G.Roller Conveyors Investment Operating Cost Space Utilization Stackability Flexibility Moderate High Above Average Poor Moderate Moving easily-stacked materials on relatively fixed flow paths A. RAYMOND & COMPANY 46 .

G.Fork Lifts & Racks Investment Operating Cost Space Utilization Stackability Flexibility High High Above Average Excellent Moderate Moving easily-stacked materials + Using building height A. RAYMOND & COMPANY 47 .

G. RAYMOND & COMPANY 48 .Fork Lifts & Racks Narrow Aisleway Order Picking Truck High Rise Cantilever Rack A.

A Case Study .

A Case Study Let’s look at a kitchen cabinet producer that has revamped its entire process to improve its ability to serve its customers. Their ability to expand their product line was restrained by the lack of space to store these unsold parts. The original plant (graphic 1) was equipped with high volume machinery (graphics 2 and 3) that required the storage of thousands of parts ahead of the assembly line. RAYMOND & COMPANY 50 . G. A.

G. RAYMOND & COMPANY 51 .Original Plant MAIN MACHINING RAW MATERIALS 1. PARTS STORAGE CABINET ASSEMBLY WAREHOUSE SUPPLIES & PACKING A.

2. High-Volume Panel Saw .

3. High-Volume Edge Banders .

Initial Expansion Customers demanded a wider variety of products. and wine racks. shelving. G. In response the company added wood doors/drawer fronts and accessories such as mouldings. Graphic 4 shows additions of: ! ! A small finishing room to stain and lacquer wood doors and other wood components A small accessories department Cabinet parts continued to be machined on the high volume machinery. RAYMOND & COMPANY 54 . A.

RAYMOND & COMPANY 55 .Initial Expansion/Re-Layout MAIN MACHINING FINISHING ACCESSORIES RAW MATERIALS 4. G. PARTS STORAGE CABINET ASSEMBLY WAREHOUSE SUPPLIES & PACKING A.

Graphics 6. RAYMOND & COMPANY 56 . The company decided to convert space used for parts storage to production by making parts to order.Second Re-Layout The market continued demanding more cabinet configurations and cabinet colors. G. and 8 show examples of fast set-up machinery that enabled manufacturing lot sizes of one. 7. These machines were linked to the company’s computer system to provide real time information to the operators. Graphic 5 shows the necessary layout changes. A.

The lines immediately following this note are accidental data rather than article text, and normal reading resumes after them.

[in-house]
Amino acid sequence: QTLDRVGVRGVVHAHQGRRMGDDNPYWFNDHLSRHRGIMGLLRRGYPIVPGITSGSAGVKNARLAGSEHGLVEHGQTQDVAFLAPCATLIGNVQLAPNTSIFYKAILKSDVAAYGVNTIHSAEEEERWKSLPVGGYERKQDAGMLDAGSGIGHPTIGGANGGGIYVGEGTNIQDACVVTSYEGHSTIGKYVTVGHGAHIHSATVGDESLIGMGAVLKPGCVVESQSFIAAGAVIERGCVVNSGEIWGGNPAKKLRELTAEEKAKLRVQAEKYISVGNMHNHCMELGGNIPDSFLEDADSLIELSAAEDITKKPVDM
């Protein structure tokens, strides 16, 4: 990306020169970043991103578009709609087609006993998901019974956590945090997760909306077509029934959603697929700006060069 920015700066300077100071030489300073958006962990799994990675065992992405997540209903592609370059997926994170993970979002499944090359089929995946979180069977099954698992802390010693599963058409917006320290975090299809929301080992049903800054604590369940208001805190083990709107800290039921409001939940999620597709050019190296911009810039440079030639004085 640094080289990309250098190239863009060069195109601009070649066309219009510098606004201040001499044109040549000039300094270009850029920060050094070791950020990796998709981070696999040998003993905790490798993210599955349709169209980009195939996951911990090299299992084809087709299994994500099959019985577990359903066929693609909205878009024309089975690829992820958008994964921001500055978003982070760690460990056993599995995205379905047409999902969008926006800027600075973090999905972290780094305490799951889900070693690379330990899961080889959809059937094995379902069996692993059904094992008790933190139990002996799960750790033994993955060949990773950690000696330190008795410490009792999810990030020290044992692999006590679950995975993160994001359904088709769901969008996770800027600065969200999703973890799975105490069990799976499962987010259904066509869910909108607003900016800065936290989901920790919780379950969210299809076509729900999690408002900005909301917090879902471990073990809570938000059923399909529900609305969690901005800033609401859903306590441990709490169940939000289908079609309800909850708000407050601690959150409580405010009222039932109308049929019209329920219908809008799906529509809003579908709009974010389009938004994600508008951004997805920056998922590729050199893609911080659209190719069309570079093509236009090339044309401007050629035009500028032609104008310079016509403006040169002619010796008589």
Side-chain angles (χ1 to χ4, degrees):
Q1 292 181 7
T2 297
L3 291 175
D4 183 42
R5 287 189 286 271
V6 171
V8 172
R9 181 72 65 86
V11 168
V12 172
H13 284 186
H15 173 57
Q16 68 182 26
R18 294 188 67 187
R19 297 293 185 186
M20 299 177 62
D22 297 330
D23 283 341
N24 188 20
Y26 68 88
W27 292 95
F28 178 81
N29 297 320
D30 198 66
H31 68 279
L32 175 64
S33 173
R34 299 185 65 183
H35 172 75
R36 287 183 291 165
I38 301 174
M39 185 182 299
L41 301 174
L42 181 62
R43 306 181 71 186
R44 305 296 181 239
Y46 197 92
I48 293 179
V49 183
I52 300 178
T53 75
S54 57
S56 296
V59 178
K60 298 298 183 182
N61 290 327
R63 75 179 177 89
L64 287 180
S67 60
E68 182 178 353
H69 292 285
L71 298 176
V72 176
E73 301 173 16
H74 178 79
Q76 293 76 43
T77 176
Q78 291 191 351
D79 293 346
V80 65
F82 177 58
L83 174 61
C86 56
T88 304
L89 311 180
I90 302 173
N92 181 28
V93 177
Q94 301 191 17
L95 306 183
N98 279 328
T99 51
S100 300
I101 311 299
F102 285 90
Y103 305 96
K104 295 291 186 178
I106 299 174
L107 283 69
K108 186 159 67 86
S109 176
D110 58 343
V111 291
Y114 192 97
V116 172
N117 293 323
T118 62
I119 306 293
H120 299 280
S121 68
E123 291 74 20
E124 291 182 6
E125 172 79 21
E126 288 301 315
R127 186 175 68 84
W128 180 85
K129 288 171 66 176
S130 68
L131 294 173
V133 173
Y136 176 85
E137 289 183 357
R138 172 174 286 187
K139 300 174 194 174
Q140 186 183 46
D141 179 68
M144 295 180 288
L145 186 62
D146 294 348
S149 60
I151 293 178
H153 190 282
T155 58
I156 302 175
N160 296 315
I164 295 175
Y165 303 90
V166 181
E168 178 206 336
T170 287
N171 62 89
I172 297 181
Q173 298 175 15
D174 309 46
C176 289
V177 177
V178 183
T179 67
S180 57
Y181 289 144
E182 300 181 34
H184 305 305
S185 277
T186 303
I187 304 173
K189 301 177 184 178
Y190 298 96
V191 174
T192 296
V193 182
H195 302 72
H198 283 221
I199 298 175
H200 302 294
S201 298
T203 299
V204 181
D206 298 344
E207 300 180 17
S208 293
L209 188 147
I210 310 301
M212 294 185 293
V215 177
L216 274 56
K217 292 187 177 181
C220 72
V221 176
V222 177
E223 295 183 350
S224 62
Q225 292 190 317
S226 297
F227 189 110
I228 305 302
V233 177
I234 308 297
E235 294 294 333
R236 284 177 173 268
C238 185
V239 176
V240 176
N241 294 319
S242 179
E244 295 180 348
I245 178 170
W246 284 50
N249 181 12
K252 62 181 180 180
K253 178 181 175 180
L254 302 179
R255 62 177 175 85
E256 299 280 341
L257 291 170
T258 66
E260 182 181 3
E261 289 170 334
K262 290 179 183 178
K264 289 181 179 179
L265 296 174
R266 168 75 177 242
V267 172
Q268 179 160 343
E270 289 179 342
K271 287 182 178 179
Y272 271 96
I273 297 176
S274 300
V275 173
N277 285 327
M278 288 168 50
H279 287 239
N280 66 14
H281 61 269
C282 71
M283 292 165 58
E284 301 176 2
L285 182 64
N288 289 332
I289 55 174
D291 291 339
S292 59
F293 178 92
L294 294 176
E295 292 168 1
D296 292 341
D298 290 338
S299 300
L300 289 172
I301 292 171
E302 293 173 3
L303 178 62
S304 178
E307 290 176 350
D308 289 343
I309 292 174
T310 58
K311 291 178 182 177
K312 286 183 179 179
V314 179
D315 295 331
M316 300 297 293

Second Re-Layout MAIN MACHINING PARTS STORAGE SPECIAL PARTS MACHINING ACCESSORIES CABINET ASSEMBLY RAW MATERIALS WAREHOUSE 5. G. RAYMOND & COMPANY 57 . FINISHING SUPPLIES & PACKING A.

6. Information Interface Single Beam Panel Saw .

Return Conveyor 7. Single Sided Edge Bander .

Information Interface .CNC Drill 8.

and 5. This line will eliminate the GREY parts storage areas shown in graphics 1. Graphic 9 shows these changes.Final Re-Layout The final step will be the installation of a highly flexible strip processing line that will enable just-intime production of cabinet parts. RAYMOND & COMPANY 61 . G. The space released from parts storage will also be redeployed for expanded cabinet assembly. 4. A.

G.Final Re-Layout MAIN MACHINING SPECIAL PARTS MACHINING FINISHING CABINET ASSEMBLY SUPPLIES & PACKING A. RAYMOND & COMPANY WAREHOUSE ACCESSORY ASSEMBLY RAW MATERIALS 9. 62 .

RAYMOND & COMPANY 63 .5 million.Re-Layout Benefits " Expanded Product Offering – The original product line of 2. " Higher Productivity > $220.270 SKUs was expanded to over 1. " Faster Delivery – Time from order to delivery is now averaging three weeks. G.000+ per man > $250+ per square foot A.

A. G. RAYMOND & COMPANY 64 .The End Result Good analysis and planning result in a great layout...

G.com Visit our web site… www.com .raymondnet. 919/831-0070 info@raymondnet.For more information on improving your plant layout contact… A. Raymond & Company Inc.